Genung v. Nuckolls

Annotate this Case

292 So. 2d 587 (1974)

Donald S. GENUNG, Etc., Appellant, v. Martha Jane NUCKOLLS, Appellee.

No. 43789.

Supreme Court of Florida.

February 6, 1974.

Rehearing Denied April 26, 1974.

Robert L. Shevin, Atty. Gen., and A.S. Johnston, Asst. Atty. Gen., for appellant.

Robert W. Pope, of Pope, Labarbera & Sabella, St. Petersburg, for appellee.

ROBERTS, Justice.

This cause is before us on direct appeal from the Circuit Court for Pinellas County to review an order directly passing on the constitutionality of Section 949.10, Florida *588 Statutes, F.S.A. We have jurisdiction pursuant to Article V, Section 3(b)(1), F.S.A.

Appellee, who had been previously found guilty of a felony and had been placed on probation, was subsequently rearrested and charged with a subsequent felony charge. Petition for writ of habeas corpus was filed on her behalf in the trial court. The trial judge entered an order granting the petition for writ of habeas corpus, discharging appellee from custody imposed by reason of Section 949.10, Florida Statutes, F.S.A., and holding Section 949.10 unconstitutional on the basis that said statute violates the separation of powers doctrine of the State of Florida.

In Bernhardt v. State, 288 So. 2d 490 (Fla. 1973), this Court has upheld the constitutionality of the questioned statute against attacks of vagueness and violation of due process. Sub judice, the constitutionality vel non of Section 949.10, Florida Statutes, F.S.A., is questioned on the grounds that it is a mandatory revocation of probation by legislative act and constitutes a legislative invasion upon functions exclusively vested in the judiciary. This is clearly not the case. Section 949.10, Florida Statutes, F.S.A., which provides:

"Subsequent felony arrest of felony parolee or probationer prima facie evidence of violation. The subsequent arrest on a felony charge, in this state, of any person who has been placed on parole or probation following a finding of guilt of any felony, or a plea of guilty or nolo contendere to any felony, shall be prima facie evidence of the violation of the terms and conditions of such parole or probation. Upon such arrest the parole agreement or probation order shall immediately be temporarily revoked, and such person shall remain in custody until a hearing by the parole and probation commission or the court."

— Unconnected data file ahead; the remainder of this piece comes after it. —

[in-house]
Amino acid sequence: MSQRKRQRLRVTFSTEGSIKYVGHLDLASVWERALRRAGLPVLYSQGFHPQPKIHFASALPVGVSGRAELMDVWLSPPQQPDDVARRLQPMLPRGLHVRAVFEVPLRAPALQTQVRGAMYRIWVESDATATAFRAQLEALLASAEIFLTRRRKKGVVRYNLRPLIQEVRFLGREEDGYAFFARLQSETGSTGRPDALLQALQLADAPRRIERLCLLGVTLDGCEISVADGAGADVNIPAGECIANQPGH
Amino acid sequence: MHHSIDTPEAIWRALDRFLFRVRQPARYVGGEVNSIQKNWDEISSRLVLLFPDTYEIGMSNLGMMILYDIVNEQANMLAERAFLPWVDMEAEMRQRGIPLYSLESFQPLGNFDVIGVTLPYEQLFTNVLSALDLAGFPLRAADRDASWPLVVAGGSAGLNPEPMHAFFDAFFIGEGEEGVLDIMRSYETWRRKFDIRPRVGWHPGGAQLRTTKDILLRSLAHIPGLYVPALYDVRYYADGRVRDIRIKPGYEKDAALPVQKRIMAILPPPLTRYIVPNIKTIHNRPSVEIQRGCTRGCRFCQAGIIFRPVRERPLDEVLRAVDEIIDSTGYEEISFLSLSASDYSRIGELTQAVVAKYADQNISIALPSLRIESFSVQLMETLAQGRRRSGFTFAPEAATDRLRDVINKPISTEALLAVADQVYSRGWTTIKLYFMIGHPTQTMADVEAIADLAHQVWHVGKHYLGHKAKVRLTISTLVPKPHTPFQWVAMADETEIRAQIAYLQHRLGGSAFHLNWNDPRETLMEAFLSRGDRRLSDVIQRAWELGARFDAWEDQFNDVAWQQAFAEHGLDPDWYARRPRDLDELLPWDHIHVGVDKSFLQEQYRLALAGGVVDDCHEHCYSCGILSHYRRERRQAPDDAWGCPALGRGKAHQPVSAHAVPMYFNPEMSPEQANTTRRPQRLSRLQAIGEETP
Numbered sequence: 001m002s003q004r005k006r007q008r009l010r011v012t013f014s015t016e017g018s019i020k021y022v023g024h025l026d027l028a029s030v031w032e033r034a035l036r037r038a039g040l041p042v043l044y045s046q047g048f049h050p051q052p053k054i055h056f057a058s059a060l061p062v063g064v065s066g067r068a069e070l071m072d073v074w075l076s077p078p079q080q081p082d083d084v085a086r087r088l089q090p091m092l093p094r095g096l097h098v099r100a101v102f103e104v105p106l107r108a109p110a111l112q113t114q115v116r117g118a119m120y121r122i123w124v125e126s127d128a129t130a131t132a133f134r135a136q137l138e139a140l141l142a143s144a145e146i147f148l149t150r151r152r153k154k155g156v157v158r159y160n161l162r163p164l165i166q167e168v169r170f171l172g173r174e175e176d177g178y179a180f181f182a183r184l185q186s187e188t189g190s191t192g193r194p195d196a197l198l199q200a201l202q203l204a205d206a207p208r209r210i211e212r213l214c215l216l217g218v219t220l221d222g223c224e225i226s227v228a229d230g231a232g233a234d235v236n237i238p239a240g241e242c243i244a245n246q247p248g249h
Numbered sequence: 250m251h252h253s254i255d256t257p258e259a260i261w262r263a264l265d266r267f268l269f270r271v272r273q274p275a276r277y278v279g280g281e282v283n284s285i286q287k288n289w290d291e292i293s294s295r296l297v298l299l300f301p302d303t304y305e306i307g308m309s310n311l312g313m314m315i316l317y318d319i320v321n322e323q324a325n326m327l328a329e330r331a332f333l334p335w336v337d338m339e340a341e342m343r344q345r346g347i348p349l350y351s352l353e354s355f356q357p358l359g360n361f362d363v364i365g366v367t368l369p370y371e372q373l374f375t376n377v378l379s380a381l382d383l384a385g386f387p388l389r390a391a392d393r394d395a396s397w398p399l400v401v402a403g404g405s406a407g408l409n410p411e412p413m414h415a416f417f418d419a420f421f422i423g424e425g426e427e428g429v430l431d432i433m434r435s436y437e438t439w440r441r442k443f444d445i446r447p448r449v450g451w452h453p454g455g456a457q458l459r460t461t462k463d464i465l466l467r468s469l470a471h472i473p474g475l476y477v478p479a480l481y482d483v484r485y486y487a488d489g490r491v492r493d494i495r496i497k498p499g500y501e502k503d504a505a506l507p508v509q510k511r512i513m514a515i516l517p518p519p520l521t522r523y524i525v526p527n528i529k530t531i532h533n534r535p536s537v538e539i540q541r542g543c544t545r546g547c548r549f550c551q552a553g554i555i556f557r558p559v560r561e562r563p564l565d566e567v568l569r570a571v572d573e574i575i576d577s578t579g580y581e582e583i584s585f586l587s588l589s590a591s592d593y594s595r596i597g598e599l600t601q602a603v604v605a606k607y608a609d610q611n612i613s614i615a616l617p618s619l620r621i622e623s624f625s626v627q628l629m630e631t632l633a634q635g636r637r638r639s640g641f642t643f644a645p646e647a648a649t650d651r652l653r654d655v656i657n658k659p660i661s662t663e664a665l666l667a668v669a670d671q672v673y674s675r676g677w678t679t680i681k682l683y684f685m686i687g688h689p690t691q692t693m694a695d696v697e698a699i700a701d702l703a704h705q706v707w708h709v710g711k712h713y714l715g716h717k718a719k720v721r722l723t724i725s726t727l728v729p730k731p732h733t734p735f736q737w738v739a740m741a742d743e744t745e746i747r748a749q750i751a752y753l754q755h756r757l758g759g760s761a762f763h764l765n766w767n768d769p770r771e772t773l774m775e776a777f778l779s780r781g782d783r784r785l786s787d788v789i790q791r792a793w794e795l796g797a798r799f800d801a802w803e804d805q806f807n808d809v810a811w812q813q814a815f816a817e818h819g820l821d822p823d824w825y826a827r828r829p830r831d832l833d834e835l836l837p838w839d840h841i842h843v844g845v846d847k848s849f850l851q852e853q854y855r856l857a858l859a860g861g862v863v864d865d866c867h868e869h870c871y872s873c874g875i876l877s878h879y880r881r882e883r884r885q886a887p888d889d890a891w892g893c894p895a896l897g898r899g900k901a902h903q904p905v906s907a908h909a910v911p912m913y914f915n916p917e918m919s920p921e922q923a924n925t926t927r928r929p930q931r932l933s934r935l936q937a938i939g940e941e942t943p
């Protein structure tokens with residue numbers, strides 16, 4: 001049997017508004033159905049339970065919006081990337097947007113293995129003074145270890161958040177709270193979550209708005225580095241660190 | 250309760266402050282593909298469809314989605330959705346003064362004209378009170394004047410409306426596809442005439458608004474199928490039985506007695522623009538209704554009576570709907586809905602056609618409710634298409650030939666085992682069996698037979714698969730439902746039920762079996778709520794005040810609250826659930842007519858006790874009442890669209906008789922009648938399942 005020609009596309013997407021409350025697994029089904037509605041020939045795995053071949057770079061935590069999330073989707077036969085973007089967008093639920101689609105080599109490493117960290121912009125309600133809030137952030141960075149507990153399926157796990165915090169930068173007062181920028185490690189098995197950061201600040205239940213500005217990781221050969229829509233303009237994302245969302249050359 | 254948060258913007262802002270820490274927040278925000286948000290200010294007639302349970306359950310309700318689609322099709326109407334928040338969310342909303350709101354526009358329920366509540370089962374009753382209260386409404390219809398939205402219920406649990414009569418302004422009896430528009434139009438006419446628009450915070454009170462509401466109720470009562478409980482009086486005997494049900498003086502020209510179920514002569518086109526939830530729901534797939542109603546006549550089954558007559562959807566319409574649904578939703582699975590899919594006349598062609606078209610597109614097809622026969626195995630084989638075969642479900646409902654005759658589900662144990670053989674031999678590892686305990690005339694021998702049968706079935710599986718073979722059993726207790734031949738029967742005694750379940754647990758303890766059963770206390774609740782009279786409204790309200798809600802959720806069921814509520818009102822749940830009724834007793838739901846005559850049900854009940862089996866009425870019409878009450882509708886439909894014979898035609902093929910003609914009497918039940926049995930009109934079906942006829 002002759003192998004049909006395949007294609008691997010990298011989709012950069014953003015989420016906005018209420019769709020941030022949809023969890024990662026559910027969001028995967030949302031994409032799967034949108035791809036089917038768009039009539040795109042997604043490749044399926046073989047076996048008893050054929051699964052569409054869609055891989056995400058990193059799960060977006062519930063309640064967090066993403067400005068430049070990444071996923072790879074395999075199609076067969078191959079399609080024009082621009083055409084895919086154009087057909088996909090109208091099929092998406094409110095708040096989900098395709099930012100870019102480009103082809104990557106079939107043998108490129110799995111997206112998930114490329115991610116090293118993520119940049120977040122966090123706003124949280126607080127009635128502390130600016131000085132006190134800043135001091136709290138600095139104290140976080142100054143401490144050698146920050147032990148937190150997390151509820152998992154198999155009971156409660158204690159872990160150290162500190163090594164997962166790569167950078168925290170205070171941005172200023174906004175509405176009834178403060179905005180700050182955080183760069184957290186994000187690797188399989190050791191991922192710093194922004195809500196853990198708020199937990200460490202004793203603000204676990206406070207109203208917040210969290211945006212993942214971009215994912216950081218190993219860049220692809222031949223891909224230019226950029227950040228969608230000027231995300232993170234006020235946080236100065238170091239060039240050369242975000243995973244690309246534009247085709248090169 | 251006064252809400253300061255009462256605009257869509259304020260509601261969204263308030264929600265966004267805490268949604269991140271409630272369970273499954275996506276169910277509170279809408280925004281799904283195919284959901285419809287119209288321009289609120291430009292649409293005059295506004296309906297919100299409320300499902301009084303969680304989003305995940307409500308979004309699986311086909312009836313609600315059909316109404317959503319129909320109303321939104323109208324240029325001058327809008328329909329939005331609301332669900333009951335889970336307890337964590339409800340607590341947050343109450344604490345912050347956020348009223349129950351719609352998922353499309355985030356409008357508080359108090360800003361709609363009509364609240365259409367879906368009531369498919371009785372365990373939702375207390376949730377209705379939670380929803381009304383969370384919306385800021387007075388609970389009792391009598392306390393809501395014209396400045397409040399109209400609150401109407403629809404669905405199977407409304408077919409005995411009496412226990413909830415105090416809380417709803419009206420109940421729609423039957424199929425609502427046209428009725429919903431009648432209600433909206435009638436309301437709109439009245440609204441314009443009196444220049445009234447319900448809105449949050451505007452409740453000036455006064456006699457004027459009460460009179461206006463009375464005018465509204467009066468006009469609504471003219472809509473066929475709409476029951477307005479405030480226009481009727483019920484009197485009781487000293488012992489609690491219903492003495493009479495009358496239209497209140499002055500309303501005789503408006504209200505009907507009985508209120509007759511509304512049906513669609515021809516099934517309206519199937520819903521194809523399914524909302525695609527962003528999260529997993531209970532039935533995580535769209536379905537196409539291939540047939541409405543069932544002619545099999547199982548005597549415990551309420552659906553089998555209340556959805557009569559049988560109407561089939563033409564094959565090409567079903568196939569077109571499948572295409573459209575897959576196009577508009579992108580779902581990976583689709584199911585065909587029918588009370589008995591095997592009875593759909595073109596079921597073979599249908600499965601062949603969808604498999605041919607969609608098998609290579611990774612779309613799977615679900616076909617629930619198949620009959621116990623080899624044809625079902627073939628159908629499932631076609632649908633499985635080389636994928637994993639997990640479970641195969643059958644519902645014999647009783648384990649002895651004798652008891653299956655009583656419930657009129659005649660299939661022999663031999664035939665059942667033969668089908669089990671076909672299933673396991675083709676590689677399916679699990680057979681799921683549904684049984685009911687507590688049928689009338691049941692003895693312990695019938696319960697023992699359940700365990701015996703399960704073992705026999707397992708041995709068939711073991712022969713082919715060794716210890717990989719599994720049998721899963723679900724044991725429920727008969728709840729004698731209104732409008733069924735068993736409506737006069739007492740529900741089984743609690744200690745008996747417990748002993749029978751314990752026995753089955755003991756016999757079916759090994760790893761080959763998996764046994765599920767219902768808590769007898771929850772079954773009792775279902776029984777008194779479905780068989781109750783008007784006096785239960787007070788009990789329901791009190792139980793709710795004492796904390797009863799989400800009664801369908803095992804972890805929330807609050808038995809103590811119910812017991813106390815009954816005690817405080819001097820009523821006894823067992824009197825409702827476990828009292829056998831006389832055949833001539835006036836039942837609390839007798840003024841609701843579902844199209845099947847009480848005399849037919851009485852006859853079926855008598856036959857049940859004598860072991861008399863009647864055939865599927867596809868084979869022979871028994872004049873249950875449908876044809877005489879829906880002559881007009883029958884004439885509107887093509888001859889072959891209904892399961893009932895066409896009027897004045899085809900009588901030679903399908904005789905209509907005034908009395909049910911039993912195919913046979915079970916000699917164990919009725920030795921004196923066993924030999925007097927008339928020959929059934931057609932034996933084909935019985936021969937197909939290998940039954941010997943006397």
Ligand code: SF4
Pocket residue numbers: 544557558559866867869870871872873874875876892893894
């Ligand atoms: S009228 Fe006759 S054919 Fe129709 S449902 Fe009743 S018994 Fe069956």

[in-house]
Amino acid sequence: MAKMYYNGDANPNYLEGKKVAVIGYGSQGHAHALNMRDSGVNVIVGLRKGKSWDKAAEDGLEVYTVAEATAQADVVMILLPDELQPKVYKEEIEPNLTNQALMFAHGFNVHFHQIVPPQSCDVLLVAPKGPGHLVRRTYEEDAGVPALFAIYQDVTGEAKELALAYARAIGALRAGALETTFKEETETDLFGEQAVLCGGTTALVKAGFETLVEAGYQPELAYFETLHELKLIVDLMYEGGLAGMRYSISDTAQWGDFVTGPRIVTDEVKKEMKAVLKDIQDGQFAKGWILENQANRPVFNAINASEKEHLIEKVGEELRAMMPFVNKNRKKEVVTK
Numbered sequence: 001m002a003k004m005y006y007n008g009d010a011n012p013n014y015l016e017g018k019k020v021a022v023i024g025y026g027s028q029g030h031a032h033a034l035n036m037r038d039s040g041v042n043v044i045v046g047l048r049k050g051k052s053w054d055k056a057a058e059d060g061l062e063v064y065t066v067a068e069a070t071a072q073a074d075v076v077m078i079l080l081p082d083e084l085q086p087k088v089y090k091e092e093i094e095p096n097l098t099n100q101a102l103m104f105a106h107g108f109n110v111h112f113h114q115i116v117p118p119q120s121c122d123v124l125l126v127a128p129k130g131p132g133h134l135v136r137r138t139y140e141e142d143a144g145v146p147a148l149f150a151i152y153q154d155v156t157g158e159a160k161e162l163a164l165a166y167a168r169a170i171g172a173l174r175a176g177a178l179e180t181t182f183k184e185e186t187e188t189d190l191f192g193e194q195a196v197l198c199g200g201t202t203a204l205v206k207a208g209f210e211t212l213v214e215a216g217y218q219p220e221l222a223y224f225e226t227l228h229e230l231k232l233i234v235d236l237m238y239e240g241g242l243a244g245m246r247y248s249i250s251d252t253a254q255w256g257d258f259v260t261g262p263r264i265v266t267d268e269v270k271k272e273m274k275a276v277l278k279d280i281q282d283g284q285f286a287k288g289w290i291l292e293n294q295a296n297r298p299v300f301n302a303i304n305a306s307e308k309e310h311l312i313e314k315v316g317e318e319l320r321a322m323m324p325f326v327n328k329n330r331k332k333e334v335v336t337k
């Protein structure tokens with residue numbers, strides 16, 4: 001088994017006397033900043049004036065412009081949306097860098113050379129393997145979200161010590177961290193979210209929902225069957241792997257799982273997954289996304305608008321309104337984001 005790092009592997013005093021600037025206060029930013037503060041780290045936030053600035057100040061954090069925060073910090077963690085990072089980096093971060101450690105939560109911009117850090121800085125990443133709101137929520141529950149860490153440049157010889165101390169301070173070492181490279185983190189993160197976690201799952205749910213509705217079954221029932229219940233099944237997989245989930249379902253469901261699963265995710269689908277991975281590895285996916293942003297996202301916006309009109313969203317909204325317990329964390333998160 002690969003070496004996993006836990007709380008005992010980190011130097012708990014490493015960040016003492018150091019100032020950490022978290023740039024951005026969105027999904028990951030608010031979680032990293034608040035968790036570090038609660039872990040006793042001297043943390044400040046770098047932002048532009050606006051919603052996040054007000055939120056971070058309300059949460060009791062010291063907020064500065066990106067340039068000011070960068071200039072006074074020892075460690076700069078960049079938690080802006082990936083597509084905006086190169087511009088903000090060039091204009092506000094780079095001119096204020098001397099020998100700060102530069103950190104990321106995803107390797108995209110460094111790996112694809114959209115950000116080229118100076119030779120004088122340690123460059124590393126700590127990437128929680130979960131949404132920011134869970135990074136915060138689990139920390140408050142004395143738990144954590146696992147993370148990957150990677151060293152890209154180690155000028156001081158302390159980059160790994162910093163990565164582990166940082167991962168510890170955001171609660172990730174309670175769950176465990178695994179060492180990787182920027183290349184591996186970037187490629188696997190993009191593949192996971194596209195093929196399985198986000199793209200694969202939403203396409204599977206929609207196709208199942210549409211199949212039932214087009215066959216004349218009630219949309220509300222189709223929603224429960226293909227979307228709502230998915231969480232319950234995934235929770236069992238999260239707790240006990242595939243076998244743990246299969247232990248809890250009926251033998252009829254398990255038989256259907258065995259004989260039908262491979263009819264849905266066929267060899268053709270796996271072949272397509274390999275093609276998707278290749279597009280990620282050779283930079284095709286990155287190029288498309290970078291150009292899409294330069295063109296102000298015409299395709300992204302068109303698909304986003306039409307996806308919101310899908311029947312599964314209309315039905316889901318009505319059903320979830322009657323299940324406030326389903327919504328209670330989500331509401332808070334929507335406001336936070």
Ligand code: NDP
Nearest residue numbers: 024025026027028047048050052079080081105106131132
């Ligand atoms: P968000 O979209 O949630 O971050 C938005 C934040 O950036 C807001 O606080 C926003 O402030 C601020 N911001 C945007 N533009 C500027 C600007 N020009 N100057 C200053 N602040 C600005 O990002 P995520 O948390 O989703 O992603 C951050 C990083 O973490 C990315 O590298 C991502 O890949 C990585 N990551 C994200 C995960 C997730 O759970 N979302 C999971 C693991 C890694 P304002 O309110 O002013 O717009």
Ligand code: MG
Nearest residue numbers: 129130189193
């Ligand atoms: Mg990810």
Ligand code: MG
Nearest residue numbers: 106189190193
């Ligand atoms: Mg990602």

must be read in pari materia with Sections 949.11, 949.12, and 948.06, Florida Statutes, F.S.A., which provide the proceedings requisite to revocation of probation.

Furthermore, in Bernhardt, this Court explained that Rule 3.790, Fla.Cr.P.R., 33 F.S.A., supersedes Section 949.10 with regard to the trial court's discretionary power to grant bail although we also note that a probationer or parolee does not have a constitutional right to bail in probation or parole revocation proceedings. In Morrissey v. Brewer, 408 U.S. 471, 92 S. Ct. 2593, 33 L. Ed. 2d 484 (1972), the Supreme Court of the United States stated,

"Parole arises after the end of the criminal prosecution, including imposition of sentence. Supervision is not directly by the court but by an administrative agency, which is sometimes an arm of the court and sometimes of the executive. Revocation deprives an individual not of the absolute liberty to which every citizen is entitled, but only of the conditional liberty properly dependent on observance of special parole restrictions."

and further stated in relation to the process due in revocation of parole [or probation see Gagnon v. Scarpelli, 411 U.S. 778, 93 S. Ct. 1756, 36 L. Ed. 2d 656 (1973)], that "[T]he granting and revocation of parole are matters traditionally handled by administrative officers."

For the aforegoing reasons, we find that Section 949.10, Florida Statutes, F.S.A., is not unconstitutional.